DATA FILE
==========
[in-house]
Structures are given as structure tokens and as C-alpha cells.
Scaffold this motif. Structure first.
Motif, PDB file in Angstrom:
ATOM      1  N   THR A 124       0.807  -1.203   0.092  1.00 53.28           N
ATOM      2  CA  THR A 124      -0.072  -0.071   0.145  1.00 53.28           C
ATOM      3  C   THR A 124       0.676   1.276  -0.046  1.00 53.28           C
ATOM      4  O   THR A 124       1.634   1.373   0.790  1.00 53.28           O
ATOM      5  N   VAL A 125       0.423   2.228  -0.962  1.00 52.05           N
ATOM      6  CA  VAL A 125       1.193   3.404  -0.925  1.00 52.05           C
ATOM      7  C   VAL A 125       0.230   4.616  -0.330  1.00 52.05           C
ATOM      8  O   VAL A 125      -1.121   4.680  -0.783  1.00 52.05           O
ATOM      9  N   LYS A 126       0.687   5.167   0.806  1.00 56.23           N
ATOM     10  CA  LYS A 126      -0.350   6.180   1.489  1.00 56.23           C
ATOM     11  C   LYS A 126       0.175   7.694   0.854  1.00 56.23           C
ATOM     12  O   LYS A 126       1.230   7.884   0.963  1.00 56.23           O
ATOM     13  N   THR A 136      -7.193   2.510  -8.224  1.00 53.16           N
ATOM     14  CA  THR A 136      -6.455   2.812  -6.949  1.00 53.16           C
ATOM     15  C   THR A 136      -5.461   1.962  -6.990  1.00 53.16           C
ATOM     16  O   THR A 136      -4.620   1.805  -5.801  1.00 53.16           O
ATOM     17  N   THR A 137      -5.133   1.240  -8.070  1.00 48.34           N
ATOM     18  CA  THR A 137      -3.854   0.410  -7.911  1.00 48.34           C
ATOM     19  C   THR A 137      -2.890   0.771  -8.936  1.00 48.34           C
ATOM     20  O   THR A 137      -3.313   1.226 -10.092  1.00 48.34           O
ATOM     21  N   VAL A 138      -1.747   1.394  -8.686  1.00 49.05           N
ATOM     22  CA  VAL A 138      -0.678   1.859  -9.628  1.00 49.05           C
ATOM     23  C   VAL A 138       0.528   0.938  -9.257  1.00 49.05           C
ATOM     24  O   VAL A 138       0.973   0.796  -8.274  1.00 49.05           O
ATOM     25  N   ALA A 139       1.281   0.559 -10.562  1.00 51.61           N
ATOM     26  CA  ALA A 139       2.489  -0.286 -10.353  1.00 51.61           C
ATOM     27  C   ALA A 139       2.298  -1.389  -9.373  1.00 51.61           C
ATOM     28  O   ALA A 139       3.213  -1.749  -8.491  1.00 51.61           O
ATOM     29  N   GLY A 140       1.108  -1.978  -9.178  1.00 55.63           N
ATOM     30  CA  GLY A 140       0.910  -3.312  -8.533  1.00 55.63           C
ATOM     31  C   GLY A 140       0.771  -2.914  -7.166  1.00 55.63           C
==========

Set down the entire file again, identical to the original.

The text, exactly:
[in-house]
Structures are given as structure tokens and as C-alpha cells.
Scaffold this motif. Structure first.
Motif, PDB file in Angstrom:
ATOM      1  N   THR A 124       0.807  -1.203   0.092  1.00 53.28           N
ATOM      2  CA  THR A 124      -0.072  -0.071   0.145  1.00 53.28           C
ATOM      3  C   THR A 124       0.676   1.276  -0.046  1.00 53.28           C
ATOM      4  O   THR A 124       1.634   1.373   0.790  1.00 53.28           O
ATOM      5  N   VAL A 125       0.423   2.228  -0.962  1.00 52.05           N
ATOM      6  CA  VAL A 125       1.193   3.404  -0.925  1.00 52.05           C
ATOM      7  C   VAL A 125       0.230   4.616  -0.330  1.00 52.05           C
ATOM      8  O   VAL A 125      -1.121   4.680  -0.783  1.00 52.05           O
ATOM      9  N   LYS A 126       0.687   5.167   0.806  1.00 56.23           N
ATOM     10  CA  LYS A 126      -0.350   6.180   1.489  1.00 56.23           C
ATOM     11  C   LYS A 126       0.175   7.694   0.854  1.00 56.23           C
ATOM     12  O   LYS A 126       1.230   7.884   0.963  1.00 56.23           O
ATOM     13  N   THR A 136      -7.193   2.510  -8.224  1.00 53.16           N
ATOM     14  CA  THR A 136      -6.455   2.812  -6.949  1.00 53.16           C
ATOM     15  C   THR A 136      -5.461   1.962  -6.990  1.00 53.16           C
ATOM     16  O   THR A 136      -4.620   1.805  -5.801  1.00 53.16           O
ATOM     17  N   THR A 137      -5.133   1.240  -8.070  1.00 48.34           N
ATOM     18  CA  THR A 137      -3.854   0.410  -7.911  1.00 48.34           C
ATOM     19  C   THR A 137      -2.890   0.771  -8.936  1.00 48.34           C
ATOM     20  O   THR A 137      -3.313   1.226 -10.092  1.00 48.34           O
ATOM     21  N   VAL A 138      -1.747   1.394  -8.686  1.00 49.05           N
ATOM     22  CA  VAL A 138      -0.678   1.859  -9.628  1.00 49.05           C
ATOM     23  C   VAL A 138       0.528   0.938  -9.257  1.00 49.05           C
ATOM     24  O   VAL A 138       0.973   0.796  -8.274  1.00 49.05           O
ATOM     25  N   ALA A 139       1.281   0.559 -10.562  1.00 51.61           N
ATOM     26  CA  ALA A 139       2.489  -0.286 -10.353  1.00 51.61           C
ATOM     27  C   ALA A 139       2.298  -1.389  -9.373  1.00 51.61           C
ATOM     28  O   ALA A 139       3.213  -1.749  -8.491  1.00 51.61           O
ATOM     29  N   GLY A 140       1.108  -1.978  -9.178  1.00 55.63           N
ATOM     30  CA  GLY A 140       0.910  -3.312  -8.533  1.00 55.63           C
ATOM     31  C   GLY A 140       0.771  -2.914  -7.166  1.00 55.63           C